A nonprofit organization that provides funding for
basic biological research of prairies.
Dragonfly equivalent of e-birder & e-butterfly
County checklists & species distribution maps
Photographic records are vetted by experts
www.odonatacentral.com
Small grants program for non-affiliated scientists
In 2011, I received a grant to study the Red-veined Meadowhawk (Sympetrum madidum)
that inhabits the Tallgrass Aspen Parkland
in northwestern Minnesota
www.prairiebioticresearch.org
MOSP HIGHLIGHTS
Nineteen species, previously unknown from Minnesota, have been added to the state list.
One species removed from the state list.
Workshops are known to turn children into dragonfly experts.
Catching dragonflies with nets is known to turn adults back into children.
Author of Dragonflies of the North Woods
Cherry-faced Meadowhawk
(Sympetrum internum)
White-faced Meadowhawk
(Sympetrum obtrusum)
Ruby Meadowhawk
(Sympetrum rubicundulum)
Saffron-winged Meadowhawks
Prairie Wetlands Learning Center – Fergus Falls
MINNESOTA MEADOWHAWKS
Variegated Meadowhawk
Red-veined Meadowhawk
White-faced Meadowhawk
Cherry-faced Meadowhawk
Ruby Meadowhawk
Autumn Meadowhawk
Saffron-winged Meadowhawk
Band-winged Meadowhawk
Black Meadowhawk
ODONATA
Odonata is the order of insects that includes
damselfies and dragonflies

The word "Sympetrum" is comprised of two Greek words
"sympiezo" plus "etron"
"compressed" plus "abdomen"
because of the laterally compressed abdomen of this genus
not
"sym" plus "petros"
which is often reported in guidebooks
Pruinosity on mature meadowhawk females
No other meadowhawk has such a bulbous
abdomen — resembles a goldenrod gall
Red-veined Meadowhawk (Sympetrum madidum)
Lake Bronson State Park – June 2011
Range of the
Red-veined Meadowhawk
Saffron-winged Meadowhawk
Dakota County – October 2012
Saffron-winged Meadowhawk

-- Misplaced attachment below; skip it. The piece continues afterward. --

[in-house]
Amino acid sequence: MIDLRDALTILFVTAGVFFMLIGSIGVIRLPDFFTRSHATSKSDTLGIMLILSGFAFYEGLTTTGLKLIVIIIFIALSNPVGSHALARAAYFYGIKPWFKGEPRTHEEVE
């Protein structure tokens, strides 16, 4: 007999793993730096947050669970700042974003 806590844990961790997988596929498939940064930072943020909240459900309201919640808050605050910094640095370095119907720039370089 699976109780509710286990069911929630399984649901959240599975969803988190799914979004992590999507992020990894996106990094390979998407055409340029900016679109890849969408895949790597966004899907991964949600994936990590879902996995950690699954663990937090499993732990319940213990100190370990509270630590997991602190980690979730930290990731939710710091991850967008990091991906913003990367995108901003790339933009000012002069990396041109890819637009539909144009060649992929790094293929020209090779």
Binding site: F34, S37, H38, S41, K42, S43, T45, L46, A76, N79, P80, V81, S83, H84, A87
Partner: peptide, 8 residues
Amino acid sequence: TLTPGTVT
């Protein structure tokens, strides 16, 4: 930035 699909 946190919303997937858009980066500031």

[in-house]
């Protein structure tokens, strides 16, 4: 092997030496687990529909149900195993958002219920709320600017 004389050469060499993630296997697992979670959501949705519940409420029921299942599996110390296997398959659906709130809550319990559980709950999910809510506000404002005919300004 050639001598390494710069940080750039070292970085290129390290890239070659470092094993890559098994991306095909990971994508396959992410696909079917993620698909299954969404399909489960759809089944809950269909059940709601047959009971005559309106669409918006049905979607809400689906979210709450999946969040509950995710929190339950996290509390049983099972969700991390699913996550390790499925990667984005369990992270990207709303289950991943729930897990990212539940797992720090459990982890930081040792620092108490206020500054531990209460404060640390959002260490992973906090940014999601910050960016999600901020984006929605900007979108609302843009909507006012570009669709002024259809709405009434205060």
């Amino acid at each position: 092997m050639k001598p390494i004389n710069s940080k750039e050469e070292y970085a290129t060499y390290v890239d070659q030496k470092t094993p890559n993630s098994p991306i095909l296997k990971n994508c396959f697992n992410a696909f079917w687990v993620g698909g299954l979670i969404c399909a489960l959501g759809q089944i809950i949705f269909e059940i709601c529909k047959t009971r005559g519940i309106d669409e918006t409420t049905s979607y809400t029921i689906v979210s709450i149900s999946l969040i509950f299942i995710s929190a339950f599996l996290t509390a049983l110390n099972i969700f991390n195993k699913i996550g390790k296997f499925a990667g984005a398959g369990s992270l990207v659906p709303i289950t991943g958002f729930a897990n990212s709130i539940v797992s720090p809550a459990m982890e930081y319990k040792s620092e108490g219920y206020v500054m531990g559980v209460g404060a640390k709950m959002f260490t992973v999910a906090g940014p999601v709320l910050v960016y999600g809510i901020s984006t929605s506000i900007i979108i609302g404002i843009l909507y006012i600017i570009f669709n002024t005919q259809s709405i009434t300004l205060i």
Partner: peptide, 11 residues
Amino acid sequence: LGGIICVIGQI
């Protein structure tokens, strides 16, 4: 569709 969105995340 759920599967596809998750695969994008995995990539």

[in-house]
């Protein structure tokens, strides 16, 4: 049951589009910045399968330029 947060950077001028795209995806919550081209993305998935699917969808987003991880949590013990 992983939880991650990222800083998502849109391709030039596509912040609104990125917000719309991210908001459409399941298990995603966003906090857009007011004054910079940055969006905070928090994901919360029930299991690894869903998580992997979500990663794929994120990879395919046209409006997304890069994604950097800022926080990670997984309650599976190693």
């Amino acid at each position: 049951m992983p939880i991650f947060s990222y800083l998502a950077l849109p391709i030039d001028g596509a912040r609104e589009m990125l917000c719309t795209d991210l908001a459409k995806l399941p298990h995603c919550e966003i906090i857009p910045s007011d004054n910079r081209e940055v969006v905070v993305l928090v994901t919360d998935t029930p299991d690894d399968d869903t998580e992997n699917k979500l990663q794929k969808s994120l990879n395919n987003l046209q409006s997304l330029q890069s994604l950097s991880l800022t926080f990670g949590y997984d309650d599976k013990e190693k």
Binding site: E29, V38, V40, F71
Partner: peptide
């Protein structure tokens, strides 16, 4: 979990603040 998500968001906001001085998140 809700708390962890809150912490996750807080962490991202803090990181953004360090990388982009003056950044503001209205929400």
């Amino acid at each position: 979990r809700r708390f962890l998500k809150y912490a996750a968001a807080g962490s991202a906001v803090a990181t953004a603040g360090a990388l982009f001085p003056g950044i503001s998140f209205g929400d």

Dakota County – Sept. 2012
Band-winged Meadowhawk
(Sympetrum semicinctum)
Dakota County – 2012
Sometimes there are a lot of meadowhawks!
Black Meadowhawk
(Sympetrum danae)
Lake of the Woods – July 2012
Black Meadowhawk
(Sympetrum danae)
Dakota County – Sept. 2012
Coming soon to a prairie near you...
Presentation and photographs by Scott King
Greek singer Nana Mouskouri singing the Japanese song Aka Tombo in 1976.

In this popular song, the singer is reminded,
very nostalgically, of the red dragonflies
he had first seen while being carried
on someone's back as a child.
And it's the color of the sunset
that reminds him of the color of the dragonflies.
An era or two before Meadowhawks!
WHAT YOU CAN DO
Create or restore temporary ponds
Consider hosting an MOSP workshop
Volunteer with the MOSP
Consider hosting a Meadowhawk walk
There is still much to do...so think of helping out
Variegated Meadowhawk
St Olaf Natural Lands – 2012
hamules
MDP
Migratory Dragonfly Partnership
Partners Xerces Society & Odonata Central
Pond watch program for citizen scientists
www.migratorydragonflypartnership.org
Minnesota Odonatologists
1914: Arthur Whedon - Mankato
1960 - 70s: Charles Hamrum - Gustavus Adolphus
1980s: John Haarstad - Cedar Creek Ecosystem Science Reserve
Full transcript